Christ’s Death is Better Than Atonement

Christ’s death was not an atonement and the New Testament never speaks of it this way. The blood of bulls and goats covered sin, but those sacrifices had to continually be offered because atonement wasn’t enough.

Christ died once and He did not cover sins, He removed them. The classic text to grasp this distinction is Hebrews 10. Here are the highlights:

10:1–those sacrifices can never make the comers thereunto perfect
10:4–it is not possible that the blood of bulls and of goats should take away sins
10:6–God had no pleasure in burnt offerings and sacrifice
10:10–we are sanctified by the body of Christ once for all
10:12–Christ offered His body one time as a sacrifice for sin
10:14–by one sacrifice He perfected forever those that are sanctified
10:17–God will not remember sins and iniquities any more
10:18–where remission of sins is there is no more sacrifice

Christ’s death is not an atonement, it is a removal of sin, which is completely different and, in fact, the whole point of Hebrews 10! We are placed in Christ, sanctified to Him, and are thus free from sin as He is.

The fact that we go on calling His death “Substitutionary Atonement” is merely one more example of theology gone bad. Words mean things. Why do we use a word to describe Christ’s death that the Bible does not use in that context and goes to great lengths to prove is way better than that word?!

We need to think rightly. To understand God, we must understand Him according to what He has revealed of Himself. Don’t mess with what has been revealed.

4 thoughts on “Christ’s Death is Better Than Atonement”

  1. We know that Christ died for those who would repent and believe but he also died for God. The blood of animals could not satisfy the wrath of God, the blood of man could not satisfy the wrath of God, only the blood of the Son could please the Father.
    “Jesus’ blood “propitiated” or satisfied God’s wrath (1:18), so that his holiness was not compromised in forgiving sinners. Some scholars have argued that the word propitiation should be translated expiation (the wiping away of sin), but the word cannot be restricted to the wiping away of sins as it also refers to the satisfaction or appeasement of God’s wrath, turning it to favor (cf. note on John 18:11). God’s righteous anger needed to be appeased before sin could be forgiven, and God in his love sent his Son (who offered himself willingly) to satisfy God’s holy anger against sin. In this way God demonstrated his righteousness, which here refers particularly to his holiness and justice. God’s justice was called into question because in his patience he had overlooked former sins. In other words, how could God as the utterly Holy One tolerate human sin without inflicting full punishment on human beings immediately? Paul’s answer is that God looked forward to the cross of Christ where the full payment for the guilt of sin would be made, where Christ would die in the place of sinners. In the OT, propitiation (or the complete satisfaction of the wrath of God) is symbolically foreshadowed in several incidents: e.g., Ex. 32:11–14; Num. 25:8, 11; Josh. 7:25–26.” Taken from the ESV study Bible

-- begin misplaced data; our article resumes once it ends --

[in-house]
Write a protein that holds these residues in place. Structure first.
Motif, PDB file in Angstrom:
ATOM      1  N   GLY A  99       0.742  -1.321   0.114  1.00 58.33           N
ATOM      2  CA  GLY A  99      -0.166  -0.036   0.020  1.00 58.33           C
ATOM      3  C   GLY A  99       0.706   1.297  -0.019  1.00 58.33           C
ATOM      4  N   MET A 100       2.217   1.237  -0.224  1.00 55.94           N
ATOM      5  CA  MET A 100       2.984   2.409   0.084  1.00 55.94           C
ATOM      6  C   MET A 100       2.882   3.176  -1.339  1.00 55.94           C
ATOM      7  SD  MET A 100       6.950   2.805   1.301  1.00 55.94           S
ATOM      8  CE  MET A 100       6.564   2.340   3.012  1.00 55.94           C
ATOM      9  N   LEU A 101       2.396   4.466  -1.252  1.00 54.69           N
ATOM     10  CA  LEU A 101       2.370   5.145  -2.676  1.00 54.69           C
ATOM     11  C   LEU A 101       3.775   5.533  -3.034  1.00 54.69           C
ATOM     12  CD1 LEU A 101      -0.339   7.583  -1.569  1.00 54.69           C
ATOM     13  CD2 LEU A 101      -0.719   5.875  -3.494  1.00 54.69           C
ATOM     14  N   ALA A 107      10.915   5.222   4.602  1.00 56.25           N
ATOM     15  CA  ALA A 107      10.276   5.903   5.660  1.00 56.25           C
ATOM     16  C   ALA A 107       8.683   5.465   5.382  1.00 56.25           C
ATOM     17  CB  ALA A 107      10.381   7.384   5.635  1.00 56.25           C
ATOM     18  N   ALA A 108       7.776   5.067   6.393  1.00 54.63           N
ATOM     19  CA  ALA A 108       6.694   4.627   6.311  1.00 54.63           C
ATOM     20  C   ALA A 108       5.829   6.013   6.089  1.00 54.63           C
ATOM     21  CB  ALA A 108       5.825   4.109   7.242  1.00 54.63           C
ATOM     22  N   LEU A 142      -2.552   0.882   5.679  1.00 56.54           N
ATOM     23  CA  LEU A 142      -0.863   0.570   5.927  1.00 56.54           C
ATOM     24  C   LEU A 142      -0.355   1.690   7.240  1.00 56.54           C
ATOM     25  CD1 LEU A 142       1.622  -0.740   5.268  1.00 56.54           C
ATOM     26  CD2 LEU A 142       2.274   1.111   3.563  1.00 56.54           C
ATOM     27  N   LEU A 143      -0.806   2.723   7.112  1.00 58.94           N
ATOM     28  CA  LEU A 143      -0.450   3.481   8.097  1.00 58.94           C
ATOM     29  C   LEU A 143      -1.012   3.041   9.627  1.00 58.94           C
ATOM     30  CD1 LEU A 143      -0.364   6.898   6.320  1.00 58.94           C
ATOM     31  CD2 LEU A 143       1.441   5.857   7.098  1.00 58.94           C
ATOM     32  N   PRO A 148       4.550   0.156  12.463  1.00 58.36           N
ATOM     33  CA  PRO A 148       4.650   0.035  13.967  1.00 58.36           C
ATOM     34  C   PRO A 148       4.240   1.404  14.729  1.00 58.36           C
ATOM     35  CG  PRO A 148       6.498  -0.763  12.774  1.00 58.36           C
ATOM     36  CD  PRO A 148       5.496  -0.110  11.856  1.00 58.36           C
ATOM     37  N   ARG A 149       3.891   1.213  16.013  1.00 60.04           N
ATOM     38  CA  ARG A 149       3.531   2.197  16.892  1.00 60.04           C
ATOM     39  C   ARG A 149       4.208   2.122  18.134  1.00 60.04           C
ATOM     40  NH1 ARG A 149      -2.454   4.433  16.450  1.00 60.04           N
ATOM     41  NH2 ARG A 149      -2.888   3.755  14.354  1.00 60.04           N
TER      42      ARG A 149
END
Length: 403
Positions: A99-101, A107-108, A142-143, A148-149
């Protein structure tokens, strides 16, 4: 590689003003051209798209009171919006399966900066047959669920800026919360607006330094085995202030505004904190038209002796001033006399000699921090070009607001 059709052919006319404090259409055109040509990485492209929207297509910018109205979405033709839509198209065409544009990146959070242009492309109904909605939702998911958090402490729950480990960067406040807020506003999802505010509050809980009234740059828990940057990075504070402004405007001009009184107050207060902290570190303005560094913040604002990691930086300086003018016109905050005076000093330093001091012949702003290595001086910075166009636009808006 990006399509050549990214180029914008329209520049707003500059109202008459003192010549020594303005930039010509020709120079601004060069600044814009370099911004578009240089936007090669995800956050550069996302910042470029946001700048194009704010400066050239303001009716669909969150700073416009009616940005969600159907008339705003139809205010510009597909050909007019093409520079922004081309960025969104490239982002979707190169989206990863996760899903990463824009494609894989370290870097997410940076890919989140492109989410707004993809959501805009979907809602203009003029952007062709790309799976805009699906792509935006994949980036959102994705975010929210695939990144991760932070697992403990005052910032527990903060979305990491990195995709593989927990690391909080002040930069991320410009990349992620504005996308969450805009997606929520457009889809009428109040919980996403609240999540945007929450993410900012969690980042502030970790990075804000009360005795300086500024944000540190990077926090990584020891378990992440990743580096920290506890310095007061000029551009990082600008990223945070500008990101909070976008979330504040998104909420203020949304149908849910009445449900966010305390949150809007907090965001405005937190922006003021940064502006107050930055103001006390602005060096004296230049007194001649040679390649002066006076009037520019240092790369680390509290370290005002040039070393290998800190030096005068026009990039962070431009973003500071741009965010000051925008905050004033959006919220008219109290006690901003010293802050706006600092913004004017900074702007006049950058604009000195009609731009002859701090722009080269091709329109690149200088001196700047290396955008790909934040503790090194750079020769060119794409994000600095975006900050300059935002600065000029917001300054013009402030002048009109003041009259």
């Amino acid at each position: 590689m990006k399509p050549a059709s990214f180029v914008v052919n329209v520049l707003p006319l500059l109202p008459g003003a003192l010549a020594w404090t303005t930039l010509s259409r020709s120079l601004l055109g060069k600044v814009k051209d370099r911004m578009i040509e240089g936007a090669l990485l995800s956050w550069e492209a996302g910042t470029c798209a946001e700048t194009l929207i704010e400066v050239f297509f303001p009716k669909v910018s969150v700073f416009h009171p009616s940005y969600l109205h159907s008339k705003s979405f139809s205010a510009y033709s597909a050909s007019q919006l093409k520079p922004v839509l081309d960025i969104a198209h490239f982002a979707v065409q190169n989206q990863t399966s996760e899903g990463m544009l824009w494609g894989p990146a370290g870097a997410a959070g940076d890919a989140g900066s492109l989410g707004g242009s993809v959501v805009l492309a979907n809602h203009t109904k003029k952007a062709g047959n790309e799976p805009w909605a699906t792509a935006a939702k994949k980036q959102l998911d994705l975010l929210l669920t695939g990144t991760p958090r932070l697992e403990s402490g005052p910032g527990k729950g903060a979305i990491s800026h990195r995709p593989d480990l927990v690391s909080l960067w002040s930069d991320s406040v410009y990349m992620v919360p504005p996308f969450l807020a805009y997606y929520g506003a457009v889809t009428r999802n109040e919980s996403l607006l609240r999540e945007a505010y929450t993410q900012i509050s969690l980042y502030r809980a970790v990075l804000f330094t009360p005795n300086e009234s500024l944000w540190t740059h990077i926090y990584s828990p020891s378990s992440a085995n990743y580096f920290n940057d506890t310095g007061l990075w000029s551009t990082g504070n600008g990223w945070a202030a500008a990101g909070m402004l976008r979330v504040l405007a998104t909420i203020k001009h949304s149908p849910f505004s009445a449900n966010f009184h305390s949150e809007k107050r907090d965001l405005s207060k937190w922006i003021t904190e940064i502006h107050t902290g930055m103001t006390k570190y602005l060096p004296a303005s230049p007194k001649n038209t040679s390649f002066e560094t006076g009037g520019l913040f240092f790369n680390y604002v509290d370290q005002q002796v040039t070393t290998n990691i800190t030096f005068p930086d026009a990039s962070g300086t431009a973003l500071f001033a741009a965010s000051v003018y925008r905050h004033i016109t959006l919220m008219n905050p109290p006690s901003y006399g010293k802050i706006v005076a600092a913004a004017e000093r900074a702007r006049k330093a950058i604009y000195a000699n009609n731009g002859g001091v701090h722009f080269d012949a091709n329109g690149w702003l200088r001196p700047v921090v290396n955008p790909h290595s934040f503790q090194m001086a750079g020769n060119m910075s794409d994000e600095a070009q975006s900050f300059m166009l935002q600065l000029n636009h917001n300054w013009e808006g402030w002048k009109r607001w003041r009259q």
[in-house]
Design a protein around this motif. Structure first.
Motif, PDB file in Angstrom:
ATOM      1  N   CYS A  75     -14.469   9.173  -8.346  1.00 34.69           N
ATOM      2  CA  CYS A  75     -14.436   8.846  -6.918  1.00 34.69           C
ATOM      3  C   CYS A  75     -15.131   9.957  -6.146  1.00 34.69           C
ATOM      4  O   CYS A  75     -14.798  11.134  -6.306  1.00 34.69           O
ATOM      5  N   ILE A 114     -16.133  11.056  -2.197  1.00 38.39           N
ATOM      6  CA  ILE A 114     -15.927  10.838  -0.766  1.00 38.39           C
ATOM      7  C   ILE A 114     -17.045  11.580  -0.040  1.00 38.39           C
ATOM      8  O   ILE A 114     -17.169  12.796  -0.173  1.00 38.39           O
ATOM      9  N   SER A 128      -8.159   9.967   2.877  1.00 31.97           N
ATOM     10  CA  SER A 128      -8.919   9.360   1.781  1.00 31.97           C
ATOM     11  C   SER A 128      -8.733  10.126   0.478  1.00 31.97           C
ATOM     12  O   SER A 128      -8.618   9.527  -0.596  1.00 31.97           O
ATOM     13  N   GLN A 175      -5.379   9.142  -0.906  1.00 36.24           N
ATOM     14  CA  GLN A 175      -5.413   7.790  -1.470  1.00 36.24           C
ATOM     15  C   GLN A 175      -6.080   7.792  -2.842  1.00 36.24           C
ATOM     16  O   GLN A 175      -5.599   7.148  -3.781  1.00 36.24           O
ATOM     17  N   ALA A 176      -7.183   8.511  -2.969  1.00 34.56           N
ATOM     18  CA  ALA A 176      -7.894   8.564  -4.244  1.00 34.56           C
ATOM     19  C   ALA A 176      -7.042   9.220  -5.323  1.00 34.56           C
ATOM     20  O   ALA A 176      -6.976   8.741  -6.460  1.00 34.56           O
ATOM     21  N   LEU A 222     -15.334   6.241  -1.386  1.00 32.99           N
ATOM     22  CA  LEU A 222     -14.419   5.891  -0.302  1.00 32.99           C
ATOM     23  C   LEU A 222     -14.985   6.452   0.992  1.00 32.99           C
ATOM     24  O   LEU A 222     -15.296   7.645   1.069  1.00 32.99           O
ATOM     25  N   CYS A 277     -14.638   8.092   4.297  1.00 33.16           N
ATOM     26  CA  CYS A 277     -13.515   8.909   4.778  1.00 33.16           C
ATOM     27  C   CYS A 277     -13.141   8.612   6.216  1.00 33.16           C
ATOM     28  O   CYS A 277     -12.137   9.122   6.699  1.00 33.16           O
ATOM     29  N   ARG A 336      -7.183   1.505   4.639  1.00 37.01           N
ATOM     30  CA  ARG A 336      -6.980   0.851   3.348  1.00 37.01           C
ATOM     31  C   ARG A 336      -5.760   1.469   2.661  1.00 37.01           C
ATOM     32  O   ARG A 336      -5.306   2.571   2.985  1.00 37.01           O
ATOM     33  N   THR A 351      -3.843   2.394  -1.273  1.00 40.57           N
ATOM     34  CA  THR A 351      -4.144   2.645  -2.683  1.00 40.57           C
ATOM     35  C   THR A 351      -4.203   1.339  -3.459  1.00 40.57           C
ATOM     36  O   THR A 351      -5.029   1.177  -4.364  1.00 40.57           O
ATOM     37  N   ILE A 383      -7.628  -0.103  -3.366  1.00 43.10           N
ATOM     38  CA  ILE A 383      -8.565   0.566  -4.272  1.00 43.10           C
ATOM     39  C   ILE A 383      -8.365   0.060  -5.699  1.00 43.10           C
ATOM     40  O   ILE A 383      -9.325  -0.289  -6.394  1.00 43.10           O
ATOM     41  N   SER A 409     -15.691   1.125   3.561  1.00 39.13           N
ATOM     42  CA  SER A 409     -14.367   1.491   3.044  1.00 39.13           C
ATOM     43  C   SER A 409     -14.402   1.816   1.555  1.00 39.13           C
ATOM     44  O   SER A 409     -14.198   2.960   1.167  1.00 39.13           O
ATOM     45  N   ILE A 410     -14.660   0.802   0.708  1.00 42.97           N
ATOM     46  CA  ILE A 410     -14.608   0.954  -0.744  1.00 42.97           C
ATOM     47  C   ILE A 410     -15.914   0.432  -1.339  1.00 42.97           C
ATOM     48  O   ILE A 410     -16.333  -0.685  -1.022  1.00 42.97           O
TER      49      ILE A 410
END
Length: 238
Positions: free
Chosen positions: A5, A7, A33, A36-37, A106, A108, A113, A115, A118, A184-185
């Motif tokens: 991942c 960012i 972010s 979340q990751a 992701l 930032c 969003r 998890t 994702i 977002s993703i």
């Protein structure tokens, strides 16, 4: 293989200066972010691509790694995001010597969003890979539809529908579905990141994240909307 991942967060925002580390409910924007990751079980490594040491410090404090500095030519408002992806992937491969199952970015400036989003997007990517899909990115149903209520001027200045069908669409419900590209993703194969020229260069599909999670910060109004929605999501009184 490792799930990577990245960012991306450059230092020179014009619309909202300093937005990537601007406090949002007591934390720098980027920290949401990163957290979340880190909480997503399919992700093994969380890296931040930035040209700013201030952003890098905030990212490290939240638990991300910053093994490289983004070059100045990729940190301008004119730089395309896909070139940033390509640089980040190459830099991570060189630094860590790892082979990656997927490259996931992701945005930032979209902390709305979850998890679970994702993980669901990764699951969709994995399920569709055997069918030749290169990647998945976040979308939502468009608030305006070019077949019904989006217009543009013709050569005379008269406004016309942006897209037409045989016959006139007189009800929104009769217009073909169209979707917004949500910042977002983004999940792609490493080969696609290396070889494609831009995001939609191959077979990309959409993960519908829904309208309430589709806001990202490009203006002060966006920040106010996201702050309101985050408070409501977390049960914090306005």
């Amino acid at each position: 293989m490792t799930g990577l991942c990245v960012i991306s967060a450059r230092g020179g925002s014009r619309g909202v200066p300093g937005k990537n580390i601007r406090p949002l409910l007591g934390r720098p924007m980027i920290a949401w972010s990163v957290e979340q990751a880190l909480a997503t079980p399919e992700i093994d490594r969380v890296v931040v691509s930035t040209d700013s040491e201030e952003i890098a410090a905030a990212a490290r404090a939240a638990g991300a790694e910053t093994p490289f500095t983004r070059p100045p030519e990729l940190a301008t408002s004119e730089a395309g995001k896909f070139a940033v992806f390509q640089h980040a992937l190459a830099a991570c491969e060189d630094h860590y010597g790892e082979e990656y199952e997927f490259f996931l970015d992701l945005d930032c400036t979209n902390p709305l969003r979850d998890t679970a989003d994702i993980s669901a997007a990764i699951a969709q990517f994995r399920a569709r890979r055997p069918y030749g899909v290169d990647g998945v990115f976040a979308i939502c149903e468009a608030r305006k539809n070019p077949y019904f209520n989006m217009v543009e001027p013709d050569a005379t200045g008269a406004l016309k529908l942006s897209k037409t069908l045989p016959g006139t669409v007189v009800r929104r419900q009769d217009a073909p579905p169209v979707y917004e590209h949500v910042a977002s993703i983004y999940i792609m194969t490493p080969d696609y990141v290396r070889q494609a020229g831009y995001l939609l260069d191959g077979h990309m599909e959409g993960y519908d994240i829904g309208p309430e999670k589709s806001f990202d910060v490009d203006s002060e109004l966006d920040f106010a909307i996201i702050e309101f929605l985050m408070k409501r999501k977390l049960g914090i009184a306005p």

2. Question: where is it stated that Christ appeased God’s wrath/anger? AS i understand it, that idea is that GOd is angry over sin and wants to kill humans, but Christ stepped in, an innocent man, and God was so full of anger He’d beat anyone to release His anger, even an innocent man. Is that the idea, because that’s what it sounds like to me.

    Christ obviously did not take all of God’s wrath because there’s still hell. Even if it’s stated that the cup he drank was God’s wrath, there’s still wrath being poured out of a cup in Revelation, so he didn’t take all of it. Furthermore, Jesus also told the disciples they’d drink the same cup (Matthew 20:22,23), so that casts doubt as to wrath being in the cup anyway.

    Anyway, I’ve got questions about that oft stated idea.

  3. Christ took all of Gods wrath for those who would be saved,,. John 3:18. He did not die for the ones who would not believe, would you agree?1 Thessalonians 5:9 For God has not destined us for wrath, but to obtain salvation through our Lord Jesus Christ,

    If there is some wrath left for believers then they have no hope and Christ did not complete his work. He drank the WHOLE cup of Gods wrath and it pleased the Father to crush him on that cross.Isaiah 53:5-6 Because it was our sins being crushed upon that cross.Christ satisfied God’s wrath for all those who would be born again. God was satisfied. Christ pleased the Father completely.
    As far as Mathew 20:22,23 goes, Matt. You. The plural pronoun indicates that Jesus addressed the mother and the brothers directly. The cup in Scripture is symbolic of one’s divinely determined destiny, whether blessing (Ps. 16:5) or disaster (Jer. 25:15), salvation (Ps. 116:13) or wrath (Isa. 51:17). Here it refers to Jesus’ forthcoming suffering (Matt. 26:39).

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